27.05.2016 - 27.05.2016
So. The Galápagos, then.
Big expectations from this place: the culmination of my time in South America. This without even considering how I had idolised the islands as a child while watching documentaries, right up to my (relatively youthful) adulthood, still watching nature documentaries.
And, as with most things about my trip, I had researched the place very poorly and planned it even less.
I wasn't aware, for instance, that, before flights to the island and your accommodation, you need a minimum of $120 to actually enter the Galápagos. $20 at Quito (or Quayaquil) airport and then $100 when on the Galápagos to actually enter the ecologically unique group of islands. Which might seem a lot until you hear the rumours that the price will likely soon rise to $200.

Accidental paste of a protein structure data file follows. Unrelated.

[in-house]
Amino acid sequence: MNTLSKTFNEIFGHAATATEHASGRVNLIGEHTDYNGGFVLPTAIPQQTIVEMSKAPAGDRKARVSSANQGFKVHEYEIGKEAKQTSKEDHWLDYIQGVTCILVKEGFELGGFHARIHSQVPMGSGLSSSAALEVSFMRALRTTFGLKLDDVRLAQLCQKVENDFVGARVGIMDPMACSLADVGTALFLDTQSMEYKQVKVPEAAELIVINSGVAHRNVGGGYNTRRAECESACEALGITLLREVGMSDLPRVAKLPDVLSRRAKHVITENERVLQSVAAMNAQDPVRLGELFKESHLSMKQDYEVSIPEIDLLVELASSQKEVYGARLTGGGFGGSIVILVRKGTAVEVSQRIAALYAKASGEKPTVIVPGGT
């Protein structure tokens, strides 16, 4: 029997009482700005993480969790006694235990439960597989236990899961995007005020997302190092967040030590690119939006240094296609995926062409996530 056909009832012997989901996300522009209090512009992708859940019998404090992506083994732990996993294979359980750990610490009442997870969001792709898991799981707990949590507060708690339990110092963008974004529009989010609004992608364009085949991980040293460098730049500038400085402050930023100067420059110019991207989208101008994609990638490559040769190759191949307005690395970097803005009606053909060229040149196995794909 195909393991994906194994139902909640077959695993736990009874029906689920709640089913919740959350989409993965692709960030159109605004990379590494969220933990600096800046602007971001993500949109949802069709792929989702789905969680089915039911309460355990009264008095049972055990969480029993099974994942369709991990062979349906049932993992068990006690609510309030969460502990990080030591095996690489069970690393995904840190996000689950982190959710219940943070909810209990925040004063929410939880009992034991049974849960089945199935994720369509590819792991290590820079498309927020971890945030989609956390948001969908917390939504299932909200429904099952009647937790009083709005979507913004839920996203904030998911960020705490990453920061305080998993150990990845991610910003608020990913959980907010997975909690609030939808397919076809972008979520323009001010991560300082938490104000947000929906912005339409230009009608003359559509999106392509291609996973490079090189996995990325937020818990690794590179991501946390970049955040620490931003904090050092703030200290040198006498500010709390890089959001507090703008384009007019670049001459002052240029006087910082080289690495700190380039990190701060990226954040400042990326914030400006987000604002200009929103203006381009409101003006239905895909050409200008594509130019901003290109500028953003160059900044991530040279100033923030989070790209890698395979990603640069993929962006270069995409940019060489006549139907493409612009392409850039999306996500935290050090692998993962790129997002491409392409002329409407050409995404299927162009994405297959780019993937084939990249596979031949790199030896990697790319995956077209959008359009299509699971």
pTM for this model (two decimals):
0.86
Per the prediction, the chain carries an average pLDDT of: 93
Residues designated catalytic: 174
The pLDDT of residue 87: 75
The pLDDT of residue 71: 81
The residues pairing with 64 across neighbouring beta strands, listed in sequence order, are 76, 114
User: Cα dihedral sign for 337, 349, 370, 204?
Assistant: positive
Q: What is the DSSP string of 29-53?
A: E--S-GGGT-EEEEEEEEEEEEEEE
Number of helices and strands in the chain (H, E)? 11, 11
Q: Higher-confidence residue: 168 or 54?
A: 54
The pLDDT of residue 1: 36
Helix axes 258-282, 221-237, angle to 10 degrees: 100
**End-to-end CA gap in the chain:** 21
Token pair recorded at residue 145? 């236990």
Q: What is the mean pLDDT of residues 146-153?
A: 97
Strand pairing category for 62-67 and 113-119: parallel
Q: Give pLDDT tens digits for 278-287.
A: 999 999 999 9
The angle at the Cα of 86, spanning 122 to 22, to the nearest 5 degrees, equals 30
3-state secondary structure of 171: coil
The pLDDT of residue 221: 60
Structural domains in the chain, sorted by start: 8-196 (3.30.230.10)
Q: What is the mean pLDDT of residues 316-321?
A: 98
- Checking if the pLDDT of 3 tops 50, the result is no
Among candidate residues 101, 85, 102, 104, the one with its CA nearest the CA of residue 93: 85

But, still. How often do you get a chance to visit the islands from your childhood dreams? Money was not going to stop me!
If the cost of getting to Galápagos doesn't put you off (really, don't let it) then prepare yourself for the commute. After landing at Baltra, a deserted island (it looks like a barren landscape from some western movie, and I assume acts as a natural quarantine zone for tourists), you have to get a bus from airport to dock (sometimes included by your airline, sometimes not) and hop on a quick ferry across to the north side of Santa Cruz. From there you need to get a taxi all the way to the south of Santa Cruz, which is roughly a 40-50 minute drive. Plenty of nice places to stay in Santa Cruz, but we were staying on Isla Isabella. That meant another ferry - but first you need to get a little water taxi from the dock, change to a larger boat, then sit and enjoy the ass-numbingly long 2 and a half hour boat ride.
What struck me as strange was the fact that people lived here! Okay, I expected a few people to live here. Scientists. Fishermen. The occasional British ex-pat who forgot to leave ten years ago. But the islands (other than Baltra) have towns and roads and shops and bars and ATMs and cinemas and people!